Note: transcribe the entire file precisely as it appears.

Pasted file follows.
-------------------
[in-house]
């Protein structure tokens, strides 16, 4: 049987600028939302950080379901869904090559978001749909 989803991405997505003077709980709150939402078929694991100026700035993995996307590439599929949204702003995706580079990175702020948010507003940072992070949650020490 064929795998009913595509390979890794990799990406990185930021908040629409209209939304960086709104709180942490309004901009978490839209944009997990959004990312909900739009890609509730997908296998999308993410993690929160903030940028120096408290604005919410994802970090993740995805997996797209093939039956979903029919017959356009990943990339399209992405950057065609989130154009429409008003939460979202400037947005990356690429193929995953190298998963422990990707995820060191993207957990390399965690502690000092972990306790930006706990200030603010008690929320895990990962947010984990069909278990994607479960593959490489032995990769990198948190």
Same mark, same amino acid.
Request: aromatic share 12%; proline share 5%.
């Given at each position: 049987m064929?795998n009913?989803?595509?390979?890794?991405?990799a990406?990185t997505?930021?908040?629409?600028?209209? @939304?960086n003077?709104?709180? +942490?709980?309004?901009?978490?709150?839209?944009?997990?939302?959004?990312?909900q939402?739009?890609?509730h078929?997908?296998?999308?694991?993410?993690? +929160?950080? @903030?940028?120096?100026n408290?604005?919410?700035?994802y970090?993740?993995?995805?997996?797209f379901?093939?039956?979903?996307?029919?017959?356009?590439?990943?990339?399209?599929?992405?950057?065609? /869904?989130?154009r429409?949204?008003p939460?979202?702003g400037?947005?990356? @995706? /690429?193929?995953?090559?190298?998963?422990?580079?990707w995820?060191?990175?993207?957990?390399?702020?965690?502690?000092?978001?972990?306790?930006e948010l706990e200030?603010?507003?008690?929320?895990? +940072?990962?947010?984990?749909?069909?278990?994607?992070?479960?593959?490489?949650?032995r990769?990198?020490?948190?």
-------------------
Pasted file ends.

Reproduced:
[in-house]
């Protein structure tokens, strides 16, 4: 049987600028939302950080379901869904090559978001749909 989803991405997505003077709980709150939402078929694991100026700035993995996307590439599929949204702003995706580079990175702020948010507003940072992070949650020490 064929795998009913595509390979890794990799990406990185930021908040629409209209939304960086709104709180942490309004901009978490839209944009997990959004990312909900739009890609509730997908296998999308993410993690929160903030940028120096408290604005919410994802970090993740995805997996797209093939039956979903029919017959356009990943990339399209992405950057065609989130154009429409008003939460979202400037947005990356690429193929995953190298998963422990990707995820060191993207957990390399965690502690000092972990306790930006706990200030603010008690929320895990990962947010984990069909278990994607479960593959490489032995990769990198948190």
Same mark, same amino acid.
Request: aromatic share 12%; proline share 5%.
């Given at each position: 049987m064929?795998n009913?989803?595509?390979?890794?991405?990799a990406?990185t997505?930021?908040?629409?600028?209209? @939304?960086n003077?709104?709180? +942490?709980?309004?901009?978490?709150?839209?944009?997990?939302?959004?990312?909900q939402?739009?890609?509730h078929?997908?296998?999308?694991?993410?993690? +929160?950080? @903030?940028?120096?100026n408290?604005?919410?700035?994802y970090?993740?993995?995805?997996?797209f379901?093939?039956?979903?996307?029919?017959?356009?590439?990943?990339?399209?599929?992405?950057?065609? /869904?989130?154009r429409?949204?008003p939460?979202?702003g400037?947005?990356? @995706? /690429?193929?995953?090559?190298?998963?422990?580079?990707w995820?060191?990175?993207?957990?390399?702020?965690?502690?000092?978001?972990?306790?930006e948010l706990e200030?603010?507003?008690?929320?895990? +940072?990962?947010?984990?749909?069909?278990?994607?992070?479960?593959?490489?949650?032995r990769?990198?020490?948190?």